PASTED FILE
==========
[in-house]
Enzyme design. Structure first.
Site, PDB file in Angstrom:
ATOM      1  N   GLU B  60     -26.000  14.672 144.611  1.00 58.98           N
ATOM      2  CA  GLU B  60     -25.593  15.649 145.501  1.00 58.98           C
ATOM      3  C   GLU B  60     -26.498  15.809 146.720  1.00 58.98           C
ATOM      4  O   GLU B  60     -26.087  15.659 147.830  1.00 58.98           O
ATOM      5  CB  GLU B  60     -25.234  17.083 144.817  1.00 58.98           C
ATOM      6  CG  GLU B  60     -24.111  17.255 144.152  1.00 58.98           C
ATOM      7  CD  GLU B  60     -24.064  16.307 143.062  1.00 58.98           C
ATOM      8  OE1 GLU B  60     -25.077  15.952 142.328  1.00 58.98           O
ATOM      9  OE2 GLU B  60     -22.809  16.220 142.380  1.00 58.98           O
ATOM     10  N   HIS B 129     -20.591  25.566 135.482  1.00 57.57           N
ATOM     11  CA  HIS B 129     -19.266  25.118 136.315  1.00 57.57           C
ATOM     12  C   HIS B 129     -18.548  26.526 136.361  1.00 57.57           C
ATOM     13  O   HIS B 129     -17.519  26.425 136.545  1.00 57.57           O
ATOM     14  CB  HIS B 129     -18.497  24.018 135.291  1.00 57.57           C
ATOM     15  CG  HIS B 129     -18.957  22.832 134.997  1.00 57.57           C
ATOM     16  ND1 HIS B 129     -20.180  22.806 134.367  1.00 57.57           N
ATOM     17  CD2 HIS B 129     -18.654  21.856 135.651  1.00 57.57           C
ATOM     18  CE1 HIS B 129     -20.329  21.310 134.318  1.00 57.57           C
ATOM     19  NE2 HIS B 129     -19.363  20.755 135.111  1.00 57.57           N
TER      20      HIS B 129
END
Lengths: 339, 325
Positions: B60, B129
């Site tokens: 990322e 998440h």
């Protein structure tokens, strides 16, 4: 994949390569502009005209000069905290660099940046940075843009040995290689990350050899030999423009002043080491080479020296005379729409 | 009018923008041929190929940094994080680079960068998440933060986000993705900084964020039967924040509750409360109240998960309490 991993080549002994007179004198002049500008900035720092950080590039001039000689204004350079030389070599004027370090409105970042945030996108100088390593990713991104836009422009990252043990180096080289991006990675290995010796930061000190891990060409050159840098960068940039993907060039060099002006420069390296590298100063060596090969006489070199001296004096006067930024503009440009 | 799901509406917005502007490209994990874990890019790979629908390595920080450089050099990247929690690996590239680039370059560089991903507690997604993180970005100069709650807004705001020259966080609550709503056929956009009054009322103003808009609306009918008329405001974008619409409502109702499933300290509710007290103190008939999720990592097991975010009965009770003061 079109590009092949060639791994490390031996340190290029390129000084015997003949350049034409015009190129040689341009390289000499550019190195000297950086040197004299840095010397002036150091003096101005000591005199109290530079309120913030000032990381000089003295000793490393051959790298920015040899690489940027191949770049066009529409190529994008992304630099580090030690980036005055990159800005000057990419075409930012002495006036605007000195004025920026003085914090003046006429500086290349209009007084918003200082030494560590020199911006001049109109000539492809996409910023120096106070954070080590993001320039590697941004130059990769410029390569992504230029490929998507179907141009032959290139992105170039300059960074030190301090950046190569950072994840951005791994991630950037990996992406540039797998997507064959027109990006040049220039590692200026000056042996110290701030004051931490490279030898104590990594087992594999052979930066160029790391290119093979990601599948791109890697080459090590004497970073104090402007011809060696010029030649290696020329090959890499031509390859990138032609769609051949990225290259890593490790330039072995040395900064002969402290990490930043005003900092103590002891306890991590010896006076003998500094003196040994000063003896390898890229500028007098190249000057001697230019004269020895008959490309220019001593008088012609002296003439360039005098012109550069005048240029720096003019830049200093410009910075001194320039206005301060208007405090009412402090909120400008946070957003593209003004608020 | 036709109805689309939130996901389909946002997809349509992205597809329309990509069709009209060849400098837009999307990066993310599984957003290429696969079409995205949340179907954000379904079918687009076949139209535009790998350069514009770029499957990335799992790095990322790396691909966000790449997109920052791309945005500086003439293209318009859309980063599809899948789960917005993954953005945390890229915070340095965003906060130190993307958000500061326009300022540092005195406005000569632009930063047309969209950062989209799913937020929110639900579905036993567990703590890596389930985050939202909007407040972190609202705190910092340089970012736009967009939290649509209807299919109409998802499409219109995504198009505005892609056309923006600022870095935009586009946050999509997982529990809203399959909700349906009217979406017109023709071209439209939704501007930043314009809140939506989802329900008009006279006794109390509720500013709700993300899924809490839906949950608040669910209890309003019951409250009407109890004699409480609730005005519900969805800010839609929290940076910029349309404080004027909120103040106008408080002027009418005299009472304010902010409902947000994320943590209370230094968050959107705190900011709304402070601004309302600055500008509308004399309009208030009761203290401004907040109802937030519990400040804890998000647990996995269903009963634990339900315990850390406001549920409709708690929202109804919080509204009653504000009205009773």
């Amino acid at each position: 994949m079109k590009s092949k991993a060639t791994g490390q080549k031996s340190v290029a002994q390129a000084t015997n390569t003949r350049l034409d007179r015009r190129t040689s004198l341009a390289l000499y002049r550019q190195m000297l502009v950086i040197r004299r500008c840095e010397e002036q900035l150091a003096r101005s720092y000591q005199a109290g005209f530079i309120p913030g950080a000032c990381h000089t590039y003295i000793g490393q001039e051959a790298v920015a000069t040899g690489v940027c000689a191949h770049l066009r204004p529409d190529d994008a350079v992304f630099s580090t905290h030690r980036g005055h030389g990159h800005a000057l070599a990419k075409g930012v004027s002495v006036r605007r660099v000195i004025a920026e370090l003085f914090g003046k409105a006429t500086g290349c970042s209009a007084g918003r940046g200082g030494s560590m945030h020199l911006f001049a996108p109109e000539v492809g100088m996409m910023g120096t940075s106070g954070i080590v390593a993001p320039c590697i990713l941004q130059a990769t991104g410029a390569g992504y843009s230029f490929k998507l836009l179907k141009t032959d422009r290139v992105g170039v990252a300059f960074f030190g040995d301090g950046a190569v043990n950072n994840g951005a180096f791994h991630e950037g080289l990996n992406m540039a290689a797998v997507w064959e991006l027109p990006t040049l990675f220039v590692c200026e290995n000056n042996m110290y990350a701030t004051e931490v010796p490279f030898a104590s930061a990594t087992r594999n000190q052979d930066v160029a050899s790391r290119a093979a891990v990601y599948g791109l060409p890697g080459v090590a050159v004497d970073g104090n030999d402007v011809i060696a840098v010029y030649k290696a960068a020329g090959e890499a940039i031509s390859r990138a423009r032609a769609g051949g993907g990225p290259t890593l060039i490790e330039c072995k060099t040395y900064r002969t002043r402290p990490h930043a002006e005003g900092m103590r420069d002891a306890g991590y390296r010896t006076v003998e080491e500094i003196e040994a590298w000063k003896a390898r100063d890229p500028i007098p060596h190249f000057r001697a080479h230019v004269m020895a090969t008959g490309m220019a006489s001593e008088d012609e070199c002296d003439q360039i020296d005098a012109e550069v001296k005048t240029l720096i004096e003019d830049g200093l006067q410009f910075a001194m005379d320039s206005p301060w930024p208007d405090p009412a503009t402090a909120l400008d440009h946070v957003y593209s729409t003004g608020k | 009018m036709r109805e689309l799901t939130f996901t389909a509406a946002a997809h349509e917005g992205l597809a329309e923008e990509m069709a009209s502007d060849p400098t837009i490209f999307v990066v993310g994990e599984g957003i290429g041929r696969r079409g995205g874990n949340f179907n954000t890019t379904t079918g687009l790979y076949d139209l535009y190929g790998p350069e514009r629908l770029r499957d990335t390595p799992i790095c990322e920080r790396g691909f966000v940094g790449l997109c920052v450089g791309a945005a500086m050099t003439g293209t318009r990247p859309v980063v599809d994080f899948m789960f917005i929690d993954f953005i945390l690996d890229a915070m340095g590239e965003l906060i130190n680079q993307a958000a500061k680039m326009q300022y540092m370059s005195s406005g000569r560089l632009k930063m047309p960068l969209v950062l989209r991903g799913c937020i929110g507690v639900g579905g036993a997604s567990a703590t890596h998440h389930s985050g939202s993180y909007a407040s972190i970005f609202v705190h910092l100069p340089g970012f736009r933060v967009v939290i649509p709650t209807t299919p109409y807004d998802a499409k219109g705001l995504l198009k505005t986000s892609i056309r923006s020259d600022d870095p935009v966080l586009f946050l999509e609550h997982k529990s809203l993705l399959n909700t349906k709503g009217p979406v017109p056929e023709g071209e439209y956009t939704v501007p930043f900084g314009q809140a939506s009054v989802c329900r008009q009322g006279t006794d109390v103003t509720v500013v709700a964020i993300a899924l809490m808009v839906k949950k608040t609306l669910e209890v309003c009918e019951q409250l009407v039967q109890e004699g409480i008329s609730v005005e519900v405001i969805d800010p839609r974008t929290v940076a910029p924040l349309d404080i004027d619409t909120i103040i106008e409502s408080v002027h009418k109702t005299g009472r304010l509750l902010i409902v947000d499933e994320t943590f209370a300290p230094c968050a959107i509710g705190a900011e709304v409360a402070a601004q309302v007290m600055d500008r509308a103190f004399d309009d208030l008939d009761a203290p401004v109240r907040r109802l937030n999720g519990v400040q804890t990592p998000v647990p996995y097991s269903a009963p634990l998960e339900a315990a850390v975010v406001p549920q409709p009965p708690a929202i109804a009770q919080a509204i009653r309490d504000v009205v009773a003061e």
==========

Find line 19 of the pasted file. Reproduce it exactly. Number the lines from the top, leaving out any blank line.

ATOM     16  ND1 HIS B 129     -20.180  22.806 134.367  1.00 57.57           N